With the Karamazovs it's a unique entertainment. The show is also the invitation to meet five beguilingly charming people. They cannot possibly be as nice as they seem - even though they come from San Francisco. They don't seem to have a mean bone in their corporate body, and are endlessly agreeable.
The two ringleaders, they are also musicians, seem to be Howard Jay Patterson, a former biologist who does most of the think-talking, and Paul David Magid, who looks like a sad Russian waiter out of a '30s movie, and is probably the maddest of the five.
Sam Williams is chunky, wistful and radiantly leprecaunish, Randy Nelson seems waspish and crazily straight, while Timothy Daniel Furst resembles a discouraged Don Quixote and is the one who specializes in the heterogeneous juggling ingenuity.
For an evening of puns, juggles, loud music and louder people, you cannot do better than flying with the Karamazov Bros. In my humble opinion it's likely to prove the best juggling revue on W. 48th St. this month! Catch it before they kill themselves with the meat cleaver.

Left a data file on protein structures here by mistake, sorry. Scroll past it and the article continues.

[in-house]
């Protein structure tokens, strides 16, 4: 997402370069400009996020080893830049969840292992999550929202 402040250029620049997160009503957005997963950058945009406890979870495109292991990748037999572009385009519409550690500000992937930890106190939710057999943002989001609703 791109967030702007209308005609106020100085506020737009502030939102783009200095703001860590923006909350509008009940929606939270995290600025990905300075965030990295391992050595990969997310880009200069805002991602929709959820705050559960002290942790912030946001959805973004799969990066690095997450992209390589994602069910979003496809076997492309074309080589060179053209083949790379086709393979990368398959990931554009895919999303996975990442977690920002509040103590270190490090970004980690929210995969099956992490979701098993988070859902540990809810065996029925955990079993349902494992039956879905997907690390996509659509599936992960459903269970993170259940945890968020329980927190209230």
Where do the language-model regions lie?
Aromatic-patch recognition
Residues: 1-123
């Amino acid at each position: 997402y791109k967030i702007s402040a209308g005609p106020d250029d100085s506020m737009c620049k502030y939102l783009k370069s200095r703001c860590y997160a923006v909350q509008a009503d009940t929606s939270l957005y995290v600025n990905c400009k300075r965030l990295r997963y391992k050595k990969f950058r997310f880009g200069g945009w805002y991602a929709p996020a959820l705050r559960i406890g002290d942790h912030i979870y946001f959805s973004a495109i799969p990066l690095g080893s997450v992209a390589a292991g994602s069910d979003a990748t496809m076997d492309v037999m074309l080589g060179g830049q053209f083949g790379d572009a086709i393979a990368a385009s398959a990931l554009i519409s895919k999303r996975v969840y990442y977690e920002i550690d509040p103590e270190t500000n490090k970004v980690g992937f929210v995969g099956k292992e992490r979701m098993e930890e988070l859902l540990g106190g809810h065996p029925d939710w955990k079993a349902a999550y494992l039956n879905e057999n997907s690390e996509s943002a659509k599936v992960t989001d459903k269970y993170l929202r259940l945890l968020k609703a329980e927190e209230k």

The Flying Karamazov Brothers, while neither Russian nor brothers, are certainly the best jugglers anyone would ever want to see. In their boisterous, good-natured vaudeville act at the newly rejuvenated Ritz Theater, they juggle everything from flaming torches to eggs to razor-sharp sickles. Such feats are not idle monkey business. As one of the fellows explains, ''There's only one end of a sickle one can catch - more than once.''
The Flying Karamazovs have a few other tricks as well. When they're not juggling - and even when they are - they play musical instruments, sing a cappella, float deliberately outrageous puns and crack jokes. Some of these sideshows are amusing - none of them are dourly Dostoyevskyan -but they rarely distract from the main event. It's when the Karamazovs magically make juggling look like a dance routine or sound like a jazz jam session that their act really flies. It's when they invite audience volunteers to provide them with ''juggling objects'' - a slippery dead fish and a plate of jello at the preview I intended - that we're most involved.